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Amazon Simple Storage Service
Developer Guide (API Version 2006-03-01)

Example: Setting up a Static Website Using a Custom Domain

Suppose that you want to host your static website on Amazon S3. You registered a domain (for example, example.com), and you want requests for http://www.example.com and http://example.com to be served from your Amazon S3 content. Whether you have an existing static website that you want to host on Amazon S3, or you are starting from scratch, use this example to learn how to host websites on Amazon S3.

Before You Begin

As you follow the steps in this example, you work with the following services:

Amazon Route 53 – You use Route 53 to register domains and to define where you want to route internet traffic for your domain. We explain how to create Route 53 alias records that route traffic for your domain (example.com) and subdomain (www.example.com) to an Amazon S3 bucket that contains an HTML file.

Amazon S3 – You use Amazon S3 to create buckets, upload a sample website page, configure permissions so that everyone can see the content, and then configure the buckets for website hosting.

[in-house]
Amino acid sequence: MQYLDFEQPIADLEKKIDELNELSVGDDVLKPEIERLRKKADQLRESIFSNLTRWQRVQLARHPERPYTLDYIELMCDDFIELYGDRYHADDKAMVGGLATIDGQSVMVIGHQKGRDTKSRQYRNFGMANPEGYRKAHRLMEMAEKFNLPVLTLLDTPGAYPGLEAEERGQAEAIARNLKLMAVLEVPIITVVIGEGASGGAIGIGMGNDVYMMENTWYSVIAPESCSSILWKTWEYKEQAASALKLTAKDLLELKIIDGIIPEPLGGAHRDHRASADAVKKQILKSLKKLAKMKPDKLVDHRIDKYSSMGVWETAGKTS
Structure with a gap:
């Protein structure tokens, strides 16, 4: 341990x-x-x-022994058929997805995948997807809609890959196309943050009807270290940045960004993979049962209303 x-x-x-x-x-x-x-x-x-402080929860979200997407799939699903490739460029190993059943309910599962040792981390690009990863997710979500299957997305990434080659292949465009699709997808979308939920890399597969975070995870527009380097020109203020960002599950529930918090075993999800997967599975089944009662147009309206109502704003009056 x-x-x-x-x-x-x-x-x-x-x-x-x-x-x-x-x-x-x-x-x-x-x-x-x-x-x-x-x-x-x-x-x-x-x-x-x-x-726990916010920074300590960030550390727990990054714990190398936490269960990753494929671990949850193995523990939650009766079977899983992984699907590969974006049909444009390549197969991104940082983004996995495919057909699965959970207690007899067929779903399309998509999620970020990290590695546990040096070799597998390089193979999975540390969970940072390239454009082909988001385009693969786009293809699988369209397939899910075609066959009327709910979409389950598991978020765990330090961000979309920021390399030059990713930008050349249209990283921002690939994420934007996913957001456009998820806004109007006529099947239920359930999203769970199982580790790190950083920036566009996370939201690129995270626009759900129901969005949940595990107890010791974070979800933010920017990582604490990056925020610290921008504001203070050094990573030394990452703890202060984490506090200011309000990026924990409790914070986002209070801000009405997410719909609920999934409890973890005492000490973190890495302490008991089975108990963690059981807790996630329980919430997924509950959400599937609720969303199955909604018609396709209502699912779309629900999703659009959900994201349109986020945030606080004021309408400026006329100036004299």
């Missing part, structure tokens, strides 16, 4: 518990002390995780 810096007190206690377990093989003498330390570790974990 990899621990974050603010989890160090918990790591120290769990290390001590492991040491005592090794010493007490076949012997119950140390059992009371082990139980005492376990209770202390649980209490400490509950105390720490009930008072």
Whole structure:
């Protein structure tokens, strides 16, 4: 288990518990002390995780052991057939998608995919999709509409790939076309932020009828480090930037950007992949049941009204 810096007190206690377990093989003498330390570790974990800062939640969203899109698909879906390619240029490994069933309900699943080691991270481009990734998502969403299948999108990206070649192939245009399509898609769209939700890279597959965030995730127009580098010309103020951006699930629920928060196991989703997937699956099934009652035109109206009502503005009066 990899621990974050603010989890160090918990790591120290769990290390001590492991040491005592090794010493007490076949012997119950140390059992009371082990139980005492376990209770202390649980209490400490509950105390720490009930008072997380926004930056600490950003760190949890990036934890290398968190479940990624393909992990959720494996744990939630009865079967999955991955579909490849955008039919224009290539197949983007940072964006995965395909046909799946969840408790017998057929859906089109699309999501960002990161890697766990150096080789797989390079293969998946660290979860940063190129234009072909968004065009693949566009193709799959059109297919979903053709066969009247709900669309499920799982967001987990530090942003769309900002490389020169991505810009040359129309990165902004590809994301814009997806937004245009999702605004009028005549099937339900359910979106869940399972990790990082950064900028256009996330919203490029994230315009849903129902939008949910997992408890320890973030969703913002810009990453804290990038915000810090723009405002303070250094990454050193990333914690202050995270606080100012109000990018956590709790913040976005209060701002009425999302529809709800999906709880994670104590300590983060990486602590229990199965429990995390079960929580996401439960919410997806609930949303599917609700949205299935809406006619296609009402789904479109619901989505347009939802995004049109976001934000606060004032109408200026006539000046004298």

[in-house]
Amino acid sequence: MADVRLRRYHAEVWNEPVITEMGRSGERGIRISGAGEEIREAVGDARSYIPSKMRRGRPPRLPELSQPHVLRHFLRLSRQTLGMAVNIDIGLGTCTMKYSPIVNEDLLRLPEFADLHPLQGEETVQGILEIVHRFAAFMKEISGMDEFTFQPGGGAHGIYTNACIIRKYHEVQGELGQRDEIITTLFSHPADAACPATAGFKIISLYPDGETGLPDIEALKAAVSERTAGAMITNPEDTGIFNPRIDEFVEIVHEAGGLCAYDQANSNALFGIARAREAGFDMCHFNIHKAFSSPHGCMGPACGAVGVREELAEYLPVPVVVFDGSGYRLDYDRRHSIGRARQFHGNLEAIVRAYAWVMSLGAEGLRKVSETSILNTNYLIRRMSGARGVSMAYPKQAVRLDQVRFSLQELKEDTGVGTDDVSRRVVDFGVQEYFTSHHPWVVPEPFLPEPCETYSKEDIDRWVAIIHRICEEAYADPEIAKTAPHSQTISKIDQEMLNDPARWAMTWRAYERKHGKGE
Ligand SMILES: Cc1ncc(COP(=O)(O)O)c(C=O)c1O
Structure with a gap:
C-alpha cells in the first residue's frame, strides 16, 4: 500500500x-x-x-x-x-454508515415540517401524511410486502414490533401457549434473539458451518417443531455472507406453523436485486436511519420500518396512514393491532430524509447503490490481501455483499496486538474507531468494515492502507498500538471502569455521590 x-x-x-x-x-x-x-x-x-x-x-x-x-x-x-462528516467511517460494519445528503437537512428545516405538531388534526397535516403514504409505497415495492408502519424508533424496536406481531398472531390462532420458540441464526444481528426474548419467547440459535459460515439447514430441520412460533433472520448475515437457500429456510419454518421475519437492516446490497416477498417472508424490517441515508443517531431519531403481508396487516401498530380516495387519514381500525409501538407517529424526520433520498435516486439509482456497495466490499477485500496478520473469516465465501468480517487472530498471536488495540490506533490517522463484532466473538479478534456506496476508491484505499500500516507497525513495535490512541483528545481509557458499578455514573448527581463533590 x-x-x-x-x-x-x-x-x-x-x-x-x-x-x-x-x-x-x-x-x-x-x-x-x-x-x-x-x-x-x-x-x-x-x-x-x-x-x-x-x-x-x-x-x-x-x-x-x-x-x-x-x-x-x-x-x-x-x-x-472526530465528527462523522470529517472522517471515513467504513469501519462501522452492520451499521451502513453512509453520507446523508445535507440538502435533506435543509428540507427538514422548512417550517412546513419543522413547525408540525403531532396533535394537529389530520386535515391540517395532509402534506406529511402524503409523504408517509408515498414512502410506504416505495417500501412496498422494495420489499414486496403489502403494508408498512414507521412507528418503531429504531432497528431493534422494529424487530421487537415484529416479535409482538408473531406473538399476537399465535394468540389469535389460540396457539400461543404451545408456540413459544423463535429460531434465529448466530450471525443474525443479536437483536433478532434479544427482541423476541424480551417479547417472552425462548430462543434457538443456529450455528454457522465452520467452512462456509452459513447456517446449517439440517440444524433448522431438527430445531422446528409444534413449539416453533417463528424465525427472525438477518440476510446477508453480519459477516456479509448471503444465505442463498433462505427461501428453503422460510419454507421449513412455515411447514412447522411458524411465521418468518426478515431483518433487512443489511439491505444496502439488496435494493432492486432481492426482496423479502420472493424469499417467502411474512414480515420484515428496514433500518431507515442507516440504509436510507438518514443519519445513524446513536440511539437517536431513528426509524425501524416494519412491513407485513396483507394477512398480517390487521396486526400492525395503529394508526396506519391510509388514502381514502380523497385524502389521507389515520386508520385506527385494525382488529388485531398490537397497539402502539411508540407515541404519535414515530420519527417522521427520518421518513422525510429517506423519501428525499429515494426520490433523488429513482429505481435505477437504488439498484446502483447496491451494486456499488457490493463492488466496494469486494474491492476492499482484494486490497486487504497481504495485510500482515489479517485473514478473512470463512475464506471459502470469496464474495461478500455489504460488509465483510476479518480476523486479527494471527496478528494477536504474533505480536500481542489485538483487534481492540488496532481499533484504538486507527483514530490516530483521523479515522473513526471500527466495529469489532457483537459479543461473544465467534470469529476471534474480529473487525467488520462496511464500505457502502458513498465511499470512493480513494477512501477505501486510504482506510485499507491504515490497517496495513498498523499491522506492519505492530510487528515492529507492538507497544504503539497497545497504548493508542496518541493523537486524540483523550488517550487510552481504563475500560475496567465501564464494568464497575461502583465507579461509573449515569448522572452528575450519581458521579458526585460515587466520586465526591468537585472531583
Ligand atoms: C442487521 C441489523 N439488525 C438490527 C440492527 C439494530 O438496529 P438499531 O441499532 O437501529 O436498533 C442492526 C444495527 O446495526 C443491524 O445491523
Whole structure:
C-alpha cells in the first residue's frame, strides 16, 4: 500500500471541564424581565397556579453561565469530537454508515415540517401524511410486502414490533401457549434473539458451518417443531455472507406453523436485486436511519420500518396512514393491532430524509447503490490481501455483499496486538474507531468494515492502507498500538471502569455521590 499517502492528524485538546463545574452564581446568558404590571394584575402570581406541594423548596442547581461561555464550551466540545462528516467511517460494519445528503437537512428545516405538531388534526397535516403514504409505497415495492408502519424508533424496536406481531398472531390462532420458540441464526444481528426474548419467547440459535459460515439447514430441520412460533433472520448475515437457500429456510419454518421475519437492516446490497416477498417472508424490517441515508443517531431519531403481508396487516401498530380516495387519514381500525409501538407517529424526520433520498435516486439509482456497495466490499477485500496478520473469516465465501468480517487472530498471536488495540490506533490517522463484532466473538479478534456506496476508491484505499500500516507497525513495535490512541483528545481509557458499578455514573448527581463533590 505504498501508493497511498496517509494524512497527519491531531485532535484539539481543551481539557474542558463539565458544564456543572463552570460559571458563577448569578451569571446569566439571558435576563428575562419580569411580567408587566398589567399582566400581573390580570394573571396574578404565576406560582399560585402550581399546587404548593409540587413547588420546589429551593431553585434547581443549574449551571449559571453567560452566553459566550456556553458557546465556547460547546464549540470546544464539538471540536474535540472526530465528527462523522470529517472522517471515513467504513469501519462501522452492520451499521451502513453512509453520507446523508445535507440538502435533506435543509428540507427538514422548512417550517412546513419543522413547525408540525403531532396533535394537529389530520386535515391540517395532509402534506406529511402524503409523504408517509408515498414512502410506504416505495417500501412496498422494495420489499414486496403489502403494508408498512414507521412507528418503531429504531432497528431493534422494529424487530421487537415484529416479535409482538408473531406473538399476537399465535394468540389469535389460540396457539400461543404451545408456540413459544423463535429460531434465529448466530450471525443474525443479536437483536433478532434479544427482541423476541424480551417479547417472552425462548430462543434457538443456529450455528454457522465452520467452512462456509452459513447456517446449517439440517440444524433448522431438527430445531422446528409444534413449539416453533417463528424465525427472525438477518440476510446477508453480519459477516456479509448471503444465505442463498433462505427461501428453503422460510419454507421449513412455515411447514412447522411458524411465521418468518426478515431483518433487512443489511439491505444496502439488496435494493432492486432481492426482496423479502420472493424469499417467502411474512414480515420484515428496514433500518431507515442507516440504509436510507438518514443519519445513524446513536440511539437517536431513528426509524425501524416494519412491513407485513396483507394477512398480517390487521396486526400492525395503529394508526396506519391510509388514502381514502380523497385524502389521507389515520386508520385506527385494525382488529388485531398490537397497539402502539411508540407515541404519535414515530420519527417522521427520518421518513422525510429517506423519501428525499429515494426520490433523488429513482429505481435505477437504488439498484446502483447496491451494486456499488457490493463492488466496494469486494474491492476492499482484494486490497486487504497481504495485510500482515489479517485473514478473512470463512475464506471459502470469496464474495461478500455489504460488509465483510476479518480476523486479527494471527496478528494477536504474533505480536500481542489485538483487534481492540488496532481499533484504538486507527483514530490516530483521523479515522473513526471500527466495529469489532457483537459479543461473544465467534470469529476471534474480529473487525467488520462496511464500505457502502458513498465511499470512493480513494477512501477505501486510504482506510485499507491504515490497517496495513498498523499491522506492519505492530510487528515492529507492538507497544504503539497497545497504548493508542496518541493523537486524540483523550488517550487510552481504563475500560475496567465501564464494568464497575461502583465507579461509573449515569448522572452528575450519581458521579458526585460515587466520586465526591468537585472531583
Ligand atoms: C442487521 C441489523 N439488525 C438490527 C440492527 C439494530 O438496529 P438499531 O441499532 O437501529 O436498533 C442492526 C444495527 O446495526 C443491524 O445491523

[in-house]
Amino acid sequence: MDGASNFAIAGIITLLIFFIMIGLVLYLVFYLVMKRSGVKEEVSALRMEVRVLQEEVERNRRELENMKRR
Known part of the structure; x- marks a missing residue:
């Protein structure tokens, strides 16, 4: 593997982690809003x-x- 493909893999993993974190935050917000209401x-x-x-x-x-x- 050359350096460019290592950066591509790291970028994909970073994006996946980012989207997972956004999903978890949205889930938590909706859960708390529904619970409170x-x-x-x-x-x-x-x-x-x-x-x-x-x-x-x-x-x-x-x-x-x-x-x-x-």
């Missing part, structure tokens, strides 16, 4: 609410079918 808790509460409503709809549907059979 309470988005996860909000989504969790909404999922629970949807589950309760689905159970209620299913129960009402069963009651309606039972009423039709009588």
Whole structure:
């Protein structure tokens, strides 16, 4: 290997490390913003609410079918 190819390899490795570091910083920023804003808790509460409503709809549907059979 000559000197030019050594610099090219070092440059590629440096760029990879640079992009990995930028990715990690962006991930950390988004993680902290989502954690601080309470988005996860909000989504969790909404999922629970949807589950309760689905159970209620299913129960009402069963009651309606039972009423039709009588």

Step 1: Register a Domain

If you don't already have a registered domain name, such as example.com, register one with Route 53. For more information, see Registering a New Domain in the Amazon Route 53 Developer Guide. When you have a registered domain name, your next tasks are to create and configure Amazon S3 buckets for website hosting and to upload your website content.

Step 2: Create and Configure Buckets and Upload Data

To support requests from both the root domain such as example.com and subdomain such as www.example.com, you create two buckets. One bucket contains the content. You configure the other bucket to redirect requests.

Step 2.1: Create Two Buckets

The bucket names must match the names of the website that you are hosting. For example, to host your example.com website on Amazon S3, you would create a bucket named example.com. To host a website under www.example.com, you would name the bucket www.example.com. In this example, your website supports requests from both example.com and www.example.com.

In this step, you sign in to the Amazon S3 console with your AWS account credentials and create the following two buckets.

  • example.com

  • www.example.com

Note

Like domains, subdomains must have their own S3 buckets, and the buckets must share the exact names as the subdomains. In this example, we are creating the www.example.com subdomain, so we also need an S3 bucket named www.example.com.

To create your buckets and upload your website content for hosting

  1. Sign in to the AWS Management Console and open the Amazon S3 console at https://console.aws.amazon.com/s3/.

  2. Create two buckets that match your domain name and subdomain. For instance, example.com and www.example.com.

    For step-by-step instructions, see How Do I Create an S3 Bucket? in the Amazon Simple Storage Service Console User Guide.

  3. Upload your website data to the example.com bucket.